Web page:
Flats of Darkness is a
novel piece of writing that may someday become a novel. The Prologue is posted here.
In January, I should have known things were changing. While Clifford had long been cruel to me, he had tempered himself with the children. Shortly after the new year, he started to show his true colours to all, and our son was the first to feel the brunt of his wrath.
On these North Saskatchewan River flats, a place as stark and sinister as the Missouri hills of my birth, the winter of 1971 was the coldest anyone recalled. In this biting harshness, innocence wasn’t the only thing that died, but it may have been the most mourned.
In rural Alberta, few things are as cherished as warmth. That year, the never-ending snows of November and December gave way to continually falling temperatures through January. For the farmers and their kin living amongst the meanders of the river, whether directly alongside in the flats or further north in the rolling hills of Meewasin, minus 40 became more than an abstract measurement, a number heard over the kitchen Sylvania; minus 40 was, day after day, a descriptor as predictable as sunrise.
While dark came minutes later each afternoon, the red alcohol thermometers outside every kitchen window from Smithfield Corner to Carvel seldom showed more than a bubble of scarlet with a sliver rising less than an inch from its delicate glass reservoir. It was the kind of cold that is unforgiving to the hands of six-year old boys and the calves of farmers too stupid to ensure that bulls and cows were kept separated in early spring. Coyotes fed well that January.
In this unforgiving place, when your jerry-rigged water system gives out hours after darkness envelopes the world, there isn’t any alternative but to put on several layers, stuff grey and red wrapped feet into your heartiest felt-lined boots, and go out to fix what you can.
That’s how John found himself, six-years old and farmer proud, holding the flashlight while his father— six foot-three and over three hundred pounds of strength—banged and pounded rusted metal piping with wrenches and hammers of increasing heft, and with escalating frustration. During any other season, Clifford would be assisted by the hired hand, but in winter his cabin was dark and silent.
The sky was moonless, the clouds having retreated to leave stars to dimly light the yard. The yard light atop the pole had given up the ghost weeks earlier and it had been too cold since to bother with fixing an unessential.
As far as John knew his father never cursed and, up to that January night, had never raised a hand to him in anger. A spanking was different, that was deserved and ‘hurt me as much as it hurts you.’ But after an hour— or twenty minutes, when it is that cold out one is the same as the other— of fiddling with a stubborn motor, of beating on pipes and pulling yards of insulated tubing from under trees and beside sheds, trying to find an elusive blockage, Clifford had had enough.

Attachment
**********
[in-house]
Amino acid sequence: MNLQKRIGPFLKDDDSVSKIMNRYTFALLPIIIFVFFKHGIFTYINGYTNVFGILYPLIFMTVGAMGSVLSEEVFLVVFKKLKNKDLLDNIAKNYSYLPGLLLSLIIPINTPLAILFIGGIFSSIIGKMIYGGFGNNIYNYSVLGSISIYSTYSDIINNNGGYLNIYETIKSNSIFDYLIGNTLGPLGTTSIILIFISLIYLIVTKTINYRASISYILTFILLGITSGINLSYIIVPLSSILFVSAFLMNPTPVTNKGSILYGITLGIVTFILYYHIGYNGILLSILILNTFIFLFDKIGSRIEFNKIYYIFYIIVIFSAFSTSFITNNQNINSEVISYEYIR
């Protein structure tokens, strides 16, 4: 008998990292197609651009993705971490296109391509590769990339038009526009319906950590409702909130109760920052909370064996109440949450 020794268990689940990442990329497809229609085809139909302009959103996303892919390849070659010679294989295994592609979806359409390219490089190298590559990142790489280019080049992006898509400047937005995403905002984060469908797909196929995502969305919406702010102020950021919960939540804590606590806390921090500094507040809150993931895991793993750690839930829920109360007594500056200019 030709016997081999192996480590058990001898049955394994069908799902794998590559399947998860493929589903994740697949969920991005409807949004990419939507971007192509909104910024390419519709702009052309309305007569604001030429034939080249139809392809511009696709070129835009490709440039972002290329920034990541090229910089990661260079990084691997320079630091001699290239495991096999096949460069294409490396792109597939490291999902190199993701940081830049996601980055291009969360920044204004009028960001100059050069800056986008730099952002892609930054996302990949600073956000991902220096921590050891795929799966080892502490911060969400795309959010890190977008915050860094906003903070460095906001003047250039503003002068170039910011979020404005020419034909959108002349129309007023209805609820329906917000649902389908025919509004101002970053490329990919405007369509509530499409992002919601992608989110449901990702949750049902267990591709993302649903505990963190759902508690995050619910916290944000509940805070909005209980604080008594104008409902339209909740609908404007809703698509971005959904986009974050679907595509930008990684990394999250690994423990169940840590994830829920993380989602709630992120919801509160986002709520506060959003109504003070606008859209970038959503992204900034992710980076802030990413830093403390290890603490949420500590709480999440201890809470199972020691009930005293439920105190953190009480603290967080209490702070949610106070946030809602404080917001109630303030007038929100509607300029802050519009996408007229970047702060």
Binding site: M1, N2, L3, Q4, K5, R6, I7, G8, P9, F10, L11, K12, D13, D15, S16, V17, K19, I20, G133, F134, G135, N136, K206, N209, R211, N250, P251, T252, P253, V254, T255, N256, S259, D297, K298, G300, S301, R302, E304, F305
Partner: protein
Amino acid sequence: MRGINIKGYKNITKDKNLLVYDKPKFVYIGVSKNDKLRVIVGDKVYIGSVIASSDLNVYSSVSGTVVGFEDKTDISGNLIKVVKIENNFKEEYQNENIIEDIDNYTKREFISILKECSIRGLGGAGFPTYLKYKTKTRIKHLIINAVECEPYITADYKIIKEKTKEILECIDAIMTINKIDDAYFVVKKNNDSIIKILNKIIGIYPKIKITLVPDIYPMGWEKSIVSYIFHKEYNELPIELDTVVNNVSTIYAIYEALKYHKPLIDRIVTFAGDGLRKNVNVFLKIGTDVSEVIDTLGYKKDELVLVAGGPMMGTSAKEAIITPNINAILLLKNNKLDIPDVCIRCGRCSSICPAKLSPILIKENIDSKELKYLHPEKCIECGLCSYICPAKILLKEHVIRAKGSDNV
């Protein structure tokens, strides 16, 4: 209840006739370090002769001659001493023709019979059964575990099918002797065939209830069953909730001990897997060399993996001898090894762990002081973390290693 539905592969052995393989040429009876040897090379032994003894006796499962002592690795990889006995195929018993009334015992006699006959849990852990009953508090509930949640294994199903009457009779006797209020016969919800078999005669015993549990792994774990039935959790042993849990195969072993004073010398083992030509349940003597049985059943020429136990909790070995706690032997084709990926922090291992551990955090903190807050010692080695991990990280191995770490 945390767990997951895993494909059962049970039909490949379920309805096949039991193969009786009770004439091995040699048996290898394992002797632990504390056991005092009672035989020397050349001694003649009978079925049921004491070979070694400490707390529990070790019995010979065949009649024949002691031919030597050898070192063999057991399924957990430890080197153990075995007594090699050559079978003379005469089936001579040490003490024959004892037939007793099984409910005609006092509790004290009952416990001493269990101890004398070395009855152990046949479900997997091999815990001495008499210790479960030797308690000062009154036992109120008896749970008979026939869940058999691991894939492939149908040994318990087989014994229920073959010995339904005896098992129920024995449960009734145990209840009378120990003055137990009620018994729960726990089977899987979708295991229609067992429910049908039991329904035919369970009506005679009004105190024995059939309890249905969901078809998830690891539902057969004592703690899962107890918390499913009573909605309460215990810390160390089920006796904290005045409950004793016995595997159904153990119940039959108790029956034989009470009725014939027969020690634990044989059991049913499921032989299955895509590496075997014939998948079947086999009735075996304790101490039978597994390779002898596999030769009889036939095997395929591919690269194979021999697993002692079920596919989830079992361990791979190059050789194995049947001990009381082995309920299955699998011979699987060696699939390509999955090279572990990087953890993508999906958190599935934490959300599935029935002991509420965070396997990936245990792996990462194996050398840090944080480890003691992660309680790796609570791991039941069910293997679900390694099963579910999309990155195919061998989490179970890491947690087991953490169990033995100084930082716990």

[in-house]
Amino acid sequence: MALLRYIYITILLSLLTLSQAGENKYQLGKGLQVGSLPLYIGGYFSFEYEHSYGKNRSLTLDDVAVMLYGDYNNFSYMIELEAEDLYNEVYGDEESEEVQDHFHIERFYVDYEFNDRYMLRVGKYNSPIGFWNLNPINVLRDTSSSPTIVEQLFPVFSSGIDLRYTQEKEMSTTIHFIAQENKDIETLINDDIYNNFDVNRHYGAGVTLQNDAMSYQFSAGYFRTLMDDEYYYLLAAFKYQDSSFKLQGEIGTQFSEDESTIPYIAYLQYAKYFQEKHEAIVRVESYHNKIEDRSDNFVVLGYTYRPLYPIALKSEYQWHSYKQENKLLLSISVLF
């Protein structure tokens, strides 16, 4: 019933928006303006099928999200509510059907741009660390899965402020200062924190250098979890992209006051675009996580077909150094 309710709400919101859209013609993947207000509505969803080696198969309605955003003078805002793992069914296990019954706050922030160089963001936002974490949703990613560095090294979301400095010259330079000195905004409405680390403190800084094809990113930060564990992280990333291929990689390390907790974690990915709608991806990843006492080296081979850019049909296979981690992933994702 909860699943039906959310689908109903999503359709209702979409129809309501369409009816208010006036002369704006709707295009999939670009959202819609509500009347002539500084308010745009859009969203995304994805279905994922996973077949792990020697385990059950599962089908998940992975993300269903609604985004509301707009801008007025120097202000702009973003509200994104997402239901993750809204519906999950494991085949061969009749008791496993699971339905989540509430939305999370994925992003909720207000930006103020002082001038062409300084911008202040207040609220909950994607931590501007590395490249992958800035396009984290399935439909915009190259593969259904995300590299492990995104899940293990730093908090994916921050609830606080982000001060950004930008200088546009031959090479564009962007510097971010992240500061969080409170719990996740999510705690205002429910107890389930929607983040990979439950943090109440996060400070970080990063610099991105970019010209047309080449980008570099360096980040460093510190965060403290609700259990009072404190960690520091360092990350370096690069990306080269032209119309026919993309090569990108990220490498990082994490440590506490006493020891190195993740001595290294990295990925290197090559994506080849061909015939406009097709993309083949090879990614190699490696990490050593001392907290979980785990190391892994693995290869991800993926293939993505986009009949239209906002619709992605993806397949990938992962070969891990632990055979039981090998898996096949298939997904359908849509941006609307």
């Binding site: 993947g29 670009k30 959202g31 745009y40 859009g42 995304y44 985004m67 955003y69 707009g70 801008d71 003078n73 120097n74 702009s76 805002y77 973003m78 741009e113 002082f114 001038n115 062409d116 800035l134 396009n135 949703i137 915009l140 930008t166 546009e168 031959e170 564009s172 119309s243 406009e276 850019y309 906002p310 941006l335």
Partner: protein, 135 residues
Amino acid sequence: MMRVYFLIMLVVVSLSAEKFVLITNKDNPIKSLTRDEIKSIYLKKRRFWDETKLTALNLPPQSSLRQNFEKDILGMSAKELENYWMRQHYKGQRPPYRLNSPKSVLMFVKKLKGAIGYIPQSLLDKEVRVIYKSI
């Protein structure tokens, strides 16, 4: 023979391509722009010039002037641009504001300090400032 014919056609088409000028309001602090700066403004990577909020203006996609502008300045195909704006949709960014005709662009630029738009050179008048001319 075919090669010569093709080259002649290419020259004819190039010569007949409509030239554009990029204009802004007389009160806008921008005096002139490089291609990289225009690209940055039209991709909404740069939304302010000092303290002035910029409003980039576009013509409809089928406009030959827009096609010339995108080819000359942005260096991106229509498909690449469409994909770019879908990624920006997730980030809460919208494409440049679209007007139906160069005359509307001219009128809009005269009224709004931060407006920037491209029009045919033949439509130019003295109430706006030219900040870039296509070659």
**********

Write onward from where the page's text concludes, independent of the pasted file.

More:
As the flashlight’s inconsistent and fading light wavered in the boy’s numbed, wool-mittened hands yet again—as it must when there are all those stars to stare upward, all those branches forming shapes against the sky, all the night sounds to turn an ear toward—there was no reminder to focus. No, the first the boy knew that there was a problem was when the angle of the sky turned around on him and he felt ice against his cheek.
It was in those seconds that he could recall the feel of leather against his face, realize that the warmth that was beginning to emanate from his cheek was not natural. As the light from the dropped flashlight completed its final rotation on the hard-pack, John at once understood that his father had hit him, that the snow melting on his face was cooling an impact he was only beginning to feel.
And as his eyes searched for his father, as he rolled upward to a sitting position, the metal zipper of his snowsuit stuck to his chin by the combination of moisture and cold or simply force, as he focused through eyes that were increasingly tear-filled, he knew that life had changed. Even though he wouldn’t understand the words spoken for years, he knew that his life was not as it had been moments before.
“Just hold the fuckin’ light still, would ya—is that too much to ask of a bastard?”
Later, repairs complete and water again able to run through the pipes, when John returned to the house I thought his frozen tears were a product of the cold. As I helped him remove his outerwear, unwrapping the scarf from around his neck, I saw the scrape against his reddened face. He shook his head when I asked what had happened, only confiding to me of his confusion later as he climbed into his bed.
I made excuses for his father, as one did in those times. And eventually my son fell asleep, although I could tell that he would take longer than usual to fall into the deep, innocent slumber of youth.
Of course, things had changed. He was no longer the innocent he had been when he had ventured into the cold with his father, because indeed—within the twisted relationships that had long existed on this farm—Clifford was truly John’s father. John was also a bastard. That part of the story needs to come next, I suppose.
Still, when the house went quiet and dark later that January night, I wasn’t aware that with Clifford’s angry exclamation and frustrated backhand the changes had begun.